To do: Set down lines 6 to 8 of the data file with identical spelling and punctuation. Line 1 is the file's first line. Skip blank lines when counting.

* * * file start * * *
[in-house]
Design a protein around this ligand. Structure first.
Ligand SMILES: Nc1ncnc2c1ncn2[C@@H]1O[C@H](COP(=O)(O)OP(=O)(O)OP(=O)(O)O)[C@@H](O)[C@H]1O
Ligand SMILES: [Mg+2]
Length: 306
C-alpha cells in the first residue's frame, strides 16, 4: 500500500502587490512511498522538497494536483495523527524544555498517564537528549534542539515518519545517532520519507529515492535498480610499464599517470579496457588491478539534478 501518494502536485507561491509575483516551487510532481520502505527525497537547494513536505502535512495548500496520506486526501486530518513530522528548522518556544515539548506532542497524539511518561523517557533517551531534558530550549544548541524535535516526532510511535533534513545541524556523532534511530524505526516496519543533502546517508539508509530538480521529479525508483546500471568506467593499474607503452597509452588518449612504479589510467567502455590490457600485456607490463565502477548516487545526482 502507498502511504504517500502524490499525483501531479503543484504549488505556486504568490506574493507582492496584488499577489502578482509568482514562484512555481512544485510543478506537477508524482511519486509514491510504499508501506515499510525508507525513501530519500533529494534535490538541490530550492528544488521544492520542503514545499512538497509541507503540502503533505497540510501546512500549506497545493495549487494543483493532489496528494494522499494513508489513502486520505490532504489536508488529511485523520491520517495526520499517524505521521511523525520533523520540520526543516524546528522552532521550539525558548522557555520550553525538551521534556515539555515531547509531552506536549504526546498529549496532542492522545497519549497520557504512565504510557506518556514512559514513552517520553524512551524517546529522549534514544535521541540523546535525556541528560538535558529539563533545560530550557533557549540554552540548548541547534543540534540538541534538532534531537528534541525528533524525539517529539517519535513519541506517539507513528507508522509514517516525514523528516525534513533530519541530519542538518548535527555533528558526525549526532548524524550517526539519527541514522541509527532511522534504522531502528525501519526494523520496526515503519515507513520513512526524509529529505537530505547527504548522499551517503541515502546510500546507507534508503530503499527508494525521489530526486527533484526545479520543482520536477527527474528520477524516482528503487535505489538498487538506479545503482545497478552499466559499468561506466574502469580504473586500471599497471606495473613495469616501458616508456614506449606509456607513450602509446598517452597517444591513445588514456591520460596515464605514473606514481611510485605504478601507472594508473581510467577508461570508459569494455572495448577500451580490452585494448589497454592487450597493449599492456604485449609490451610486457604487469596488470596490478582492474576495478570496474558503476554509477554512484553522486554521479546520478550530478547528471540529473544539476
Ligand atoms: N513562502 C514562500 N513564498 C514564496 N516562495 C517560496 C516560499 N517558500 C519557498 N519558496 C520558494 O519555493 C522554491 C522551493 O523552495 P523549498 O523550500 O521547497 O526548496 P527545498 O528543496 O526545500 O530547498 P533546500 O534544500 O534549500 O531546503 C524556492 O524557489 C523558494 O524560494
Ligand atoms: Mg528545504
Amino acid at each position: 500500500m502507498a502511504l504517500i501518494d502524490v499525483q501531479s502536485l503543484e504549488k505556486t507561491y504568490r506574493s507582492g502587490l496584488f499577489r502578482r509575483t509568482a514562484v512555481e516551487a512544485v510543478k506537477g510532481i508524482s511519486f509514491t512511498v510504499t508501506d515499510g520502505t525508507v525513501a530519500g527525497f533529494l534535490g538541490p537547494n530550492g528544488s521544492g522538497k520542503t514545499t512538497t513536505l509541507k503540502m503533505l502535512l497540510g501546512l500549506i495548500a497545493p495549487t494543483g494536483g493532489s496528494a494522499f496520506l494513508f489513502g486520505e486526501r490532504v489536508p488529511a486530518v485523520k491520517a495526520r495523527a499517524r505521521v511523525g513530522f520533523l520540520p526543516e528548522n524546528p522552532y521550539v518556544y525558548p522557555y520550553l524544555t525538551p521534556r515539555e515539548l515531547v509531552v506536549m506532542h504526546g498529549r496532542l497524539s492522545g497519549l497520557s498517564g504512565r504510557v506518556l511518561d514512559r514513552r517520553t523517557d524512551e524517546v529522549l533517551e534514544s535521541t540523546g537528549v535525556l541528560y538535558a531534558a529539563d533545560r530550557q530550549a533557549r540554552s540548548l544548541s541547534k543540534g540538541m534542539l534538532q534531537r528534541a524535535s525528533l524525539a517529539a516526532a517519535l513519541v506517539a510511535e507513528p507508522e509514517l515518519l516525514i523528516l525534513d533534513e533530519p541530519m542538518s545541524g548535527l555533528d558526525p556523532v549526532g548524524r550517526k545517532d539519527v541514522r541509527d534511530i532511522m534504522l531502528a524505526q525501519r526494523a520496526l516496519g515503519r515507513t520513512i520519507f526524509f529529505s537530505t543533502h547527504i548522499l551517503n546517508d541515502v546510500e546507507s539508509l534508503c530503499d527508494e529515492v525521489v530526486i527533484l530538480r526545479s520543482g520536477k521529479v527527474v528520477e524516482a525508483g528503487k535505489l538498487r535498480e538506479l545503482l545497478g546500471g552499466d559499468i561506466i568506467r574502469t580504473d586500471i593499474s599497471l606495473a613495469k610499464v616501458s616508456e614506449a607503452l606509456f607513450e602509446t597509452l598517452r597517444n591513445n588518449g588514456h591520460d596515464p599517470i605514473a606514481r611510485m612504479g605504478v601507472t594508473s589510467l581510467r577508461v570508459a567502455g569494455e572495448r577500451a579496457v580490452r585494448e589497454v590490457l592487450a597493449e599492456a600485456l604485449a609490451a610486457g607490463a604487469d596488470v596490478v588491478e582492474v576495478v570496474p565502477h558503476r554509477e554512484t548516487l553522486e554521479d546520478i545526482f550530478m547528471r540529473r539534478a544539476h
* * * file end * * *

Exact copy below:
C-alpha cells in the first residue's frame, strides 16, 4: 500500500502587490512511498522538497494536483495523527524544555498517564537528549534542539515518519545517532520519507529515492535498480610499464599517470579496457588491478539534478 501518494502536485507561491509575483516551487510532481520502505527525497537547494513536505502535512495548500496520506486526501486530518513530522528548522518556544515539548506532542497524539511518561523517557533517551531534558530550549544548541524535535516526532510511535533534513545541524556523532534511530524505526516496519543533502546517508539508509530538480521529479525508483546500471568506467593499474607503452597509452588518449612504479589510467567502455590490457600485456607490463565502477548516487545526482 502507498502511504504517500502524490499525483501531479503543484504549488505556486504568490506574493507582492496584488499577489502578482509568482514562484512555481512544485510543478506537477508524482511519486509514491510504499508501506515499510525508507525513501530519500533529494534535490538541490530550492528544488521544492520542503514545499512538497509541507503540502503533505497540510501546512500549506497545493495549487494543483493532489496528494494522499494513508489513502486520505490532504489536508488529511485523520491520517495526520499517524505521521511523525520533523520540520526543516524546528522552532521550539525558548522557555520550553525538551521534556515539555515531547509531552506536549504526546498529549496532542492522545497519549497520557504512565504510557506518556514512559514513552517520553524512551524517546529522549534514544535521541540523546535525556541528560538535558529539563533545560530550557533557549540554552540548548541547534543540534540538541534538532534531537528534541525528533524525539517529539517519535513519541506517539507513528507508522509514517516525514523528516525534513533530519541530519542538518548535527555533528558526525549526532548524524550517526539519527541514522541509527532511522534504522531502528525501519526494523520496526515503519515507513520513512526524509529529505537530505547527504548522499551517503541515502546510500546507507534508503530503499527508494525521489530526486527533484526545479520543482520536477527527474528520477524516482528503487535505489538498487538506479545503482545497478552499466559499468561506466574502469580504473586500471599497471606495473613495469616501458616508456614506449606509456607513450602509446598517452597517444591513445588514456591520460596515464605514473606514481611510485605504478601507472594508473581510467577508461570508459569494455572495448577500451580490452585494448589497454592487450597493449599492456604485449609490451610486457604487469596488470596490478582492474576495478570496474558503476554509477554512484553522486554521479546520478550530478547528471540529473544539476
Ligand atoms: N513562502 C514562500 N513564498 C514564496 N516562495 C517560496 C516560499 N517558500 C519557498 N519558496 C520558494 O519555493 C522554491 C522551493 O523552495 P523549498 O523550500 O521547497 O526548496 P527545498 O528543496 O526545500 O530547498 P533546500 O534544500 O534549500 O531546503 C524556492 O524557489 C523558494 O524560494
Ligand atoms: Mg528545504